What does a Securities Lawyer do?
A securities lawyer has three areas of responsibility: stay informed on new laws and legal rulings related to securities, work with clients, and act as a resource. As a securities lawyer, the primary focus is working for corporate clients. Every large firm that is trading its stock on the securities market typically has a securities lawyer or firm on retainer. In addition to this role, securities lawyers can work for government agencies in enforcement or ligation.
In order to become a securities lawyer, you must successfully complete law school. In North America, this is essentially a graduate degree, as all applicants must complete at least two years of a bachelor's degree to apply. Candidates interested in securities are well advised to complete a bachelor's degree in accounting, finance, or business. This is a very complex field, and a solid understanding of business accounting and financial practices is required to be successful.
People who enjoy complex puzzles, are voracious readers, and enjoy wrestling with complexity find the greatest amount of success in this role. Securities laws are exceedingly complex and the lawyers who are attracted to this field are usually detail-oriented. Positions in enforcement or litigation are very challenging due to the complexity of the issues, as well as the skill and creativity of the corporate law firm.
Securities lawyers are required to stay current on all changes and developments in securities laws. In the wake of several large financial scandals in the late 1990s and the financial collapse of 2008, many courts took a closer look at securities issues and made a series of precedent-setting decisions. While some of these may be overturned in time, it is an excellent example of how quickly laws in this area can change.
Interacting with the client is an important part of the role of a securities lawyer. He or she is typically involved in conflict resolution, providing guidance on company policy, protecting the company during audit, and dealing with litigation. In this role, conflict resolution and effective communication is critical.
In most companies, the securities lawyer plays an important role as expert resource. When determining new policy or company procedures, executives in senior management may need to obtain a legal opinion from the securities lawyer before making a decision. Accuracy and a clear communication of benefits and risks are essential. The ability to work well with a wide range of people, resolve problems quickly, and share information and experience with staff are important skills.
Thanks for all the advice. I'm on the lookout for a securities attorney and this is some good advice.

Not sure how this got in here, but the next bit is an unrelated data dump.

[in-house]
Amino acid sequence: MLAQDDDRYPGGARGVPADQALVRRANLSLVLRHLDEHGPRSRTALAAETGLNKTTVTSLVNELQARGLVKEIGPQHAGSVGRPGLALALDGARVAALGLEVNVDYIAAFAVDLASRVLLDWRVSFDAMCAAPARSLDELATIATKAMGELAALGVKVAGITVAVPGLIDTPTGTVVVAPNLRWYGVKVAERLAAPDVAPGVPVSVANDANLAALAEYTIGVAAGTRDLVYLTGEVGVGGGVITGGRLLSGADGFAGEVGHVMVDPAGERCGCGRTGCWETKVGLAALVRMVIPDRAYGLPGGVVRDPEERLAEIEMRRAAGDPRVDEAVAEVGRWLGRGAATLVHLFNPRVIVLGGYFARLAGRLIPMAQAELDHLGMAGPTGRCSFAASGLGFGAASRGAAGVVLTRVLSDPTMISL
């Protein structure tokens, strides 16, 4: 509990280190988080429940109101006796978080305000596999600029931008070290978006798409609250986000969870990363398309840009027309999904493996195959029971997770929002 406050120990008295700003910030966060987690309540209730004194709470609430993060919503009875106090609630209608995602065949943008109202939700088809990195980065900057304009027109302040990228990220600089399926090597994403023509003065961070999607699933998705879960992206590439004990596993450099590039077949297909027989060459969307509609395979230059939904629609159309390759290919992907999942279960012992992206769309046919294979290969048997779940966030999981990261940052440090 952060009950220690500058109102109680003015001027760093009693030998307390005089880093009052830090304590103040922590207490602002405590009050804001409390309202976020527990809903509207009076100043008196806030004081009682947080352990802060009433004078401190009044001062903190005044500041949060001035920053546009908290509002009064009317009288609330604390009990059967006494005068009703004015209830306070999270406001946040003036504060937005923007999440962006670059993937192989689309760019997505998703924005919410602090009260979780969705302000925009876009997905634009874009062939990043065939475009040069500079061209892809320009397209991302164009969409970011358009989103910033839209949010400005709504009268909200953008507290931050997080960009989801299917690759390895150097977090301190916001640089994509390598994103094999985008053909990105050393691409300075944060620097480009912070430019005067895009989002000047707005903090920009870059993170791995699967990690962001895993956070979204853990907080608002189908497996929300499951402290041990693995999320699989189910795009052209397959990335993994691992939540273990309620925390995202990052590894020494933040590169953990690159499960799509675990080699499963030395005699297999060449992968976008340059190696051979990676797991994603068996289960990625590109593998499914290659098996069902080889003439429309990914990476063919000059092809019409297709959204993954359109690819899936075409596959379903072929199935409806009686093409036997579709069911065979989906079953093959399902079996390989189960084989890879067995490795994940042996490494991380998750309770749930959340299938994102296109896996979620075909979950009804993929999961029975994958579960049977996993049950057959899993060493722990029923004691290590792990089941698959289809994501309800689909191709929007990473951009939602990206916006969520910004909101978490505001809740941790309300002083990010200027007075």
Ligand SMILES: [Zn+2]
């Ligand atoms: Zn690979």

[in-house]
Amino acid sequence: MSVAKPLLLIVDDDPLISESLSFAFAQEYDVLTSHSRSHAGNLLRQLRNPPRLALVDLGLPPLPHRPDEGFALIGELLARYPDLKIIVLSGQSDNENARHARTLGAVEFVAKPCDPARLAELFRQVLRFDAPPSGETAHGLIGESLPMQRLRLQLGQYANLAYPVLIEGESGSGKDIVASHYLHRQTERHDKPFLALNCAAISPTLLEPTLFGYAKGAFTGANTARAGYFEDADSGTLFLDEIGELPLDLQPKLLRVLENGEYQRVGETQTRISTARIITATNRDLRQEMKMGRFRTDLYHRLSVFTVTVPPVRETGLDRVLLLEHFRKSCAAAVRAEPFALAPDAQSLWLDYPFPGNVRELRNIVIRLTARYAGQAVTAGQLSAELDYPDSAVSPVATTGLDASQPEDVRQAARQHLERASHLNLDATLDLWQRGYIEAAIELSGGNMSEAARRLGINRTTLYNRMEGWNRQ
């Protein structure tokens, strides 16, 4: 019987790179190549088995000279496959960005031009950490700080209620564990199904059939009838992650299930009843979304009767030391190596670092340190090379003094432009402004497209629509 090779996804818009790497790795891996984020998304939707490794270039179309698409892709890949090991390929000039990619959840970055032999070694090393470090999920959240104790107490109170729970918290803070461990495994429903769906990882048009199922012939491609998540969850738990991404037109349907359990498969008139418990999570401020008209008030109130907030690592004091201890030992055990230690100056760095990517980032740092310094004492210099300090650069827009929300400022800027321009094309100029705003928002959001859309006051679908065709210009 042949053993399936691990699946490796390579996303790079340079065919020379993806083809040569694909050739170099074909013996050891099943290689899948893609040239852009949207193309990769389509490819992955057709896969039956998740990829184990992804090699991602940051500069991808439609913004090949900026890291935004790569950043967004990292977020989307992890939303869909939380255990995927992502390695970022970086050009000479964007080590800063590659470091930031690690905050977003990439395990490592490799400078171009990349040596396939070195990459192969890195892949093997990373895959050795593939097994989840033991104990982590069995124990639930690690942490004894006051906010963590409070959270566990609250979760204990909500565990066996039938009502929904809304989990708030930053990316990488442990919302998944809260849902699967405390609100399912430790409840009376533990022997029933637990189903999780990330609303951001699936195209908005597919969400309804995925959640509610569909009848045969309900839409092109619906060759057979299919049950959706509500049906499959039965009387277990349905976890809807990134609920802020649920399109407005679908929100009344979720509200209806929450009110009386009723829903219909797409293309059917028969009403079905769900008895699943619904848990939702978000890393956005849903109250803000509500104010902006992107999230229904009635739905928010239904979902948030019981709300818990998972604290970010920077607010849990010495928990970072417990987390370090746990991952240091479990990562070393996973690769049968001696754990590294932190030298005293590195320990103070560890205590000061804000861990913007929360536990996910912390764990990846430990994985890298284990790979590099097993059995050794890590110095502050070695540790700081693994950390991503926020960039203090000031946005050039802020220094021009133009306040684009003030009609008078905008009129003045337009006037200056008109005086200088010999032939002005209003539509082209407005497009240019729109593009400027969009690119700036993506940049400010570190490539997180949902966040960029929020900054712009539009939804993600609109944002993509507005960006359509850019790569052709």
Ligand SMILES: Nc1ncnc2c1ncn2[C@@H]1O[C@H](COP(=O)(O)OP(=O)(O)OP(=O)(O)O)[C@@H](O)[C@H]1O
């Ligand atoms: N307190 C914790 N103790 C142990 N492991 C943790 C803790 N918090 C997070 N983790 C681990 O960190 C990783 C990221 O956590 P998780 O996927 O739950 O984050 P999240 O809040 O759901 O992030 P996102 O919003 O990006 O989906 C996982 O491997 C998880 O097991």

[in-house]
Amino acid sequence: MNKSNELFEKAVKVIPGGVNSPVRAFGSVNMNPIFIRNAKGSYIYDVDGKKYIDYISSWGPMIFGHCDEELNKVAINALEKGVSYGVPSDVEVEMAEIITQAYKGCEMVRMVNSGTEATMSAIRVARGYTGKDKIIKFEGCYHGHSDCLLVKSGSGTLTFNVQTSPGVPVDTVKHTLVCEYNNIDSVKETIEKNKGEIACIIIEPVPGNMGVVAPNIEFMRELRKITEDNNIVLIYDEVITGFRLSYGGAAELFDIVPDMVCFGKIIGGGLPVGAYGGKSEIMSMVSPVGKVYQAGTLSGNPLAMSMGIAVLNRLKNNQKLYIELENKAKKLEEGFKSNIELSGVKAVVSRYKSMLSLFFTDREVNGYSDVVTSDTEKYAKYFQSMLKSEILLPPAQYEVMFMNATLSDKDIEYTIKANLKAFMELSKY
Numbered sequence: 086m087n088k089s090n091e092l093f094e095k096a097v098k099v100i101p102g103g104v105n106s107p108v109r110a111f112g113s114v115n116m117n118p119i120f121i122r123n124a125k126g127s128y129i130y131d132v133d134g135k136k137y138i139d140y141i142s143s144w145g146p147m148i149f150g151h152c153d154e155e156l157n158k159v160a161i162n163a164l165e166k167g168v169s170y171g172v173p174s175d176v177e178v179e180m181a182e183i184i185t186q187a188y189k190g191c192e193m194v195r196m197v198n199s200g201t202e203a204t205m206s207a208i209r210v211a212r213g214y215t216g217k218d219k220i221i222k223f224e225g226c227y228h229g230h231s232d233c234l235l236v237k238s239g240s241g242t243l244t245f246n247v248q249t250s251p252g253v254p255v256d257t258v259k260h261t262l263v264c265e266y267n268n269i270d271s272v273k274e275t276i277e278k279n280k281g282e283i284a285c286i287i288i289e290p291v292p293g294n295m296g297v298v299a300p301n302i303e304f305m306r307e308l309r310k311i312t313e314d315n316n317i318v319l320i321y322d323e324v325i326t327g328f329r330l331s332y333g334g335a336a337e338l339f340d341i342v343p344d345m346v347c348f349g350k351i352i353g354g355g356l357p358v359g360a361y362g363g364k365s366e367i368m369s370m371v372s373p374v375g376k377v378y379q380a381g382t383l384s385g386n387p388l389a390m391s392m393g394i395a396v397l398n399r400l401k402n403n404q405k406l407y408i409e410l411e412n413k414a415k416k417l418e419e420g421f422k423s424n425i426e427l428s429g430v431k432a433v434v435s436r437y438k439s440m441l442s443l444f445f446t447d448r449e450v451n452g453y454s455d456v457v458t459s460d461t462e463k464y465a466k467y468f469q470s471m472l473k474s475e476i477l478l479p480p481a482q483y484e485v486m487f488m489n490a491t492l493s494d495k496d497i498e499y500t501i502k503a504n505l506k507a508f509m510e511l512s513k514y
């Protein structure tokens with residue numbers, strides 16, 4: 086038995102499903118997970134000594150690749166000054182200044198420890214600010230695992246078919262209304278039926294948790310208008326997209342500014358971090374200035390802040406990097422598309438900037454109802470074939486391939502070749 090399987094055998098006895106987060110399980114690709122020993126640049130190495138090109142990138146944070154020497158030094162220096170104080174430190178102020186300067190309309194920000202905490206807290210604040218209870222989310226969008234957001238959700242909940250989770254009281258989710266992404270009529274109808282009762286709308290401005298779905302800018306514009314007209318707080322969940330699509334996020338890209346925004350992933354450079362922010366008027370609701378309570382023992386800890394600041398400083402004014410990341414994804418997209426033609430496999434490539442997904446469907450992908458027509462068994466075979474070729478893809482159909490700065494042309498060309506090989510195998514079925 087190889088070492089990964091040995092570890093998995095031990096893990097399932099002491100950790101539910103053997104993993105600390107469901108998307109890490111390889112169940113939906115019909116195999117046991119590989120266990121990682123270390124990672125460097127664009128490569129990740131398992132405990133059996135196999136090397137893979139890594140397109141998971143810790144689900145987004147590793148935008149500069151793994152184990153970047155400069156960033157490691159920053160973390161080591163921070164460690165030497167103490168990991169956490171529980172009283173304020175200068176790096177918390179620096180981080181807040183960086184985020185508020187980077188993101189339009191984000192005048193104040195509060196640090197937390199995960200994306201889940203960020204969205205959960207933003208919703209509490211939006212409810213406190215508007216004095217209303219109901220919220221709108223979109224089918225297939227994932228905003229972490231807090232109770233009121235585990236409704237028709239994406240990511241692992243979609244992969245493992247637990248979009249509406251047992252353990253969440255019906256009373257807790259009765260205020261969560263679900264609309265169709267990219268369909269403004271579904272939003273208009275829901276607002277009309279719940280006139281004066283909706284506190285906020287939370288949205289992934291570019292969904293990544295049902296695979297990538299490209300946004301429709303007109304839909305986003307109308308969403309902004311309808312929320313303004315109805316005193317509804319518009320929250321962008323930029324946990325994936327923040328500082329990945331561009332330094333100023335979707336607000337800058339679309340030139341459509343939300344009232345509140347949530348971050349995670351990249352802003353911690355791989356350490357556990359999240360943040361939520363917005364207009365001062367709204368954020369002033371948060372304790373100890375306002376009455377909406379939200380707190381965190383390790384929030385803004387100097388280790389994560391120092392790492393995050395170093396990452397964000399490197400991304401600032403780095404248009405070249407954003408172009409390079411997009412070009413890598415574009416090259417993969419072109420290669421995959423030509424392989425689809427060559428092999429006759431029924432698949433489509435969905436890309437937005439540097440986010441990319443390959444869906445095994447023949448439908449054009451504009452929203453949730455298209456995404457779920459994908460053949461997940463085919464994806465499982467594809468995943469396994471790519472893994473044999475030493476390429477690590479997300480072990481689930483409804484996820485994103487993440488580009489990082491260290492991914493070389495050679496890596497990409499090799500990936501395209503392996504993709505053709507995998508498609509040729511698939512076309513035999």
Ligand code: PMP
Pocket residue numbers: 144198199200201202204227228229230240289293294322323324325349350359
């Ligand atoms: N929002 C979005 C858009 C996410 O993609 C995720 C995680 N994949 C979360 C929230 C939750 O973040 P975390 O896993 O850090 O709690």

@jsmay - I do agree that in a company determined to act ethically, an internal lawyer who is proficient in the subject matter could help to head off problems. Lots of companies do have a legal department that reviews things before they are done to prevent problems.
I would think, though, that a stock trader or investment banker who isn't brand new could give you a pretty concise summary of the rules and ethics of their profession, and that many or most of those who cross the line know what they are doing.
I'm not talking about a complicated "grey area" that may not even have clear-cut rules. That is exactly what you need a lawyer to help you with. I'm talking about getting a tip from a friend who works inside a company you trade, or bribing someone, or stealing information. It's hard to plead ignorance with something like that.
@jsmay - You're assuming that the securities lawyer would actually want to stop the person from committing the unethical acts. In some cases, I'm sure they would. In others, not so much.
There are an awful lot of companies where bad behavior is condoned, endorsed, or even demanded from all the way at the top. In a company like that the in-house counsel is going to turn a blind eye at best, or be complicit at worst.
It also gives people doing wrong a way to hide evidence, because they can say it's attorney work product and therefore does not have to be disclosed.
@ALevine - You make a good point, but don't you think that perhaps some of those people act in this manner because they might not realize the full extent and consequences of their actions? Wouldn't having a securities lawyer in a company to caution and advise employees help to prevent bad behavior and perhaps even minimize it?
@jsmay - To be honest, I'm not sure a securities attorney or lawyer would really make a difference in a corporate setting if a person was dead set on fraudulent trading. If they really wanted to act deceptively and proceed with illegal insider trading, then they would probably find a way around it. Where there's a will, there's a way!
The job of a security lawyer is not a very commonly known one, but I definitely think more companies should employ them. There have been several cases of insider trading in the news over the last few years. In large companies, a securities fraud lawyer would probably be even more useful than a general business lawyer to address such potential issues. Do you think that the higher-ups in a company might behave better with an in-house security lawyer around? Or would they still behave irresponsibly?
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